When the ignition switch on my (Used) 1998 Olds Intrigue started cutting out randomly while driving down the road shortly after I bought it in 2005, the research I did turned of frequent problems with both the Intrigue and Grand Prix (Built on the same platform in the same factory.) ignition switches. Reportedly, the problem was due to people hanging extra weight on the key, causing internal damage that continued to cause cut-outs even when there was no extra weight later on. I kept and tore the old switch apart, and found excessive arcing damage to some of the contacts, which may have been caused from wear on some of the plastic mechanical components allowing the contacts to "bounce" open, even when I just had the key-fob and a single house key on the keyring.
Being the cynical sort, I suspect GM was in no hurry to fix this as the vehicles were usually out of warranty by the time it started to happen, and the dealer "book" repair price was around $500 as they were supposed to pull the whole instrument panel to replace it. (There is an easier way that takes a fraction of the time, but they still charge "by the book"...) I also suspect that they don't want to admit problems over a decade old just because it's going to be hard to come up with so many replacement parts for the older vehicles that have gone beyond their stock/support age limit.
Bugs, I made the topic jump based on how long it took GM to acknowledge the ignition switch problem, and will take longer for the brake line problem. I imagine the costs associated with the brake line problem are even more than the ignition switch problem and we'll never see a recall.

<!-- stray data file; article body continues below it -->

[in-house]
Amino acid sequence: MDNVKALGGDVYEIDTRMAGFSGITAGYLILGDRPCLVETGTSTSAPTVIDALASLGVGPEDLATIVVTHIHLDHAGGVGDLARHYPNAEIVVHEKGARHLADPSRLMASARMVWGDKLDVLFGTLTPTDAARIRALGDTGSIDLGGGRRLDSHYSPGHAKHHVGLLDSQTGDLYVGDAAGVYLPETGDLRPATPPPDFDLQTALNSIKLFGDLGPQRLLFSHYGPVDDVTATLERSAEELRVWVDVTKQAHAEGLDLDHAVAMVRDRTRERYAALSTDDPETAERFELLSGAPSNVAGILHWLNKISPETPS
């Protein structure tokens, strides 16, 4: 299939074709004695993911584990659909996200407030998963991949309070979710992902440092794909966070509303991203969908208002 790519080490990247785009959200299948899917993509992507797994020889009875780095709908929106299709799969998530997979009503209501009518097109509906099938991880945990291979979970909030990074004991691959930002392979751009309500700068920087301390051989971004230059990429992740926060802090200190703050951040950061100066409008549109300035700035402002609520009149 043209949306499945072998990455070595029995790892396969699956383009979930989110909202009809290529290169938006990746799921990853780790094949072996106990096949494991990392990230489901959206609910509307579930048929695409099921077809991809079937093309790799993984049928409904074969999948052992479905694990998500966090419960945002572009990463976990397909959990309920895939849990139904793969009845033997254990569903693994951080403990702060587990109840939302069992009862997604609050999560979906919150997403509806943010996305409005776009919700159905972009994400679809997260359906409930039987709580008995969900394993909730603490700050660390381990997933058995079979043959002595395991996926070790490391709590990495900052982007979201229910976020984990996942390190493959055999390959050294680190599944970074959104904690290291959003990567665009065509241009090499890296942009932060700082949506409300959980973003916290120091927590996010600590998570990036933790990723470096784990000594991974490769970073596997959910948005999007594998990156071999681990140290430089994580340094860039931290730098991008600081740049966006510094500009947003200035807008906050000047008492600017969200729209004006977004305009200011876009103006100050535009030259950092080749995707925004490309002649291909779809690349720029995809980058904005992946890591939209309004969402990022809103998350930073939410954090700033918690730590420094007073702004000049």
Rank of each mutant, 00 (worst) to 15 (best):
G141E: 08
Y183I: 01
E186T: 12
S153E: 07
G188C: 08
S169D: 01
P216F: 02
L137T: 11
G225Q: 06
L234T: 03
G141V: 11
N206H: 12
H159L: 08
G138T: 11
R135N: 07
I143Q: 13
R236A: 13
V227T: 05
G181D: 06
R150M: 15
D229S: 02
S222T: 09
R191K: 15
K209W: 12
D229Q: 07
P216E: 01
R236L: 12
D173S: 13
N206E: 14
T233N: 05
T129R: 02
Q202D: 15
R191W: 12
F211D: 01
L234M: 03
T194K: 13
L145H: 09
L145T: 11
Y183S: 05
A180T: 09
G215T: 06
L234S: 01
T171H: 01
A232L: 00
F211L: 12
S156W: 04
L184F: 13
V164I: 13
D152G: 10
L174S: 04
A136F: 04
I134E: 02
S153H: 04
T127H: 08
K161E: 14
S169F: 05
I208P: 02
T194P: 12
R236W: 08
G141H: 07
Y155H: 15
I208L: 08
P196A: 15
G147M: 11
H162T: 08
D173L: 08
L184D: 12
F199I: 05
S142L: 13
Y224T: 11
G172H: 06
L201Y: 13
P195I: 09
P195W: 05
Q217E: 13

Glad to hear that you were able to get your Avalanche stopped in time. I was definitely lucky that mine blew out in my driveway. Two years before the lines by the ABS block went, the passenger front line rusted out, I assumed it was related to battery acid dripping from my factory battery after the terminal just fell out, oozing acide up front. I spliced in a double flared repair piece and didn't think much of it until the glob of lines went by the ABS block.
My boss' Sierra had the lines burst in a panice stop on the Schuykill Expressway outside of Philly. Luckily it stopped in time and hHe was able to nurse it off of the highway and get it towed to a shop.
I'm not sure how the topic here shifted from the ignition switch problems to brake lines--but I've had similar experience to J Williams, with my 2004 Avalanche. Brake line blew, near total brake failure. I was towing a 33 foot travel trailer; I was able to stop only because I was on a lonely country road with lots of room, and because the trailer brakes worked. The truck and I limped to the garage, where they replaced multiple brake lines--and not with "original equipment". If this had happened on a highway at speed, it could have been catastrophic.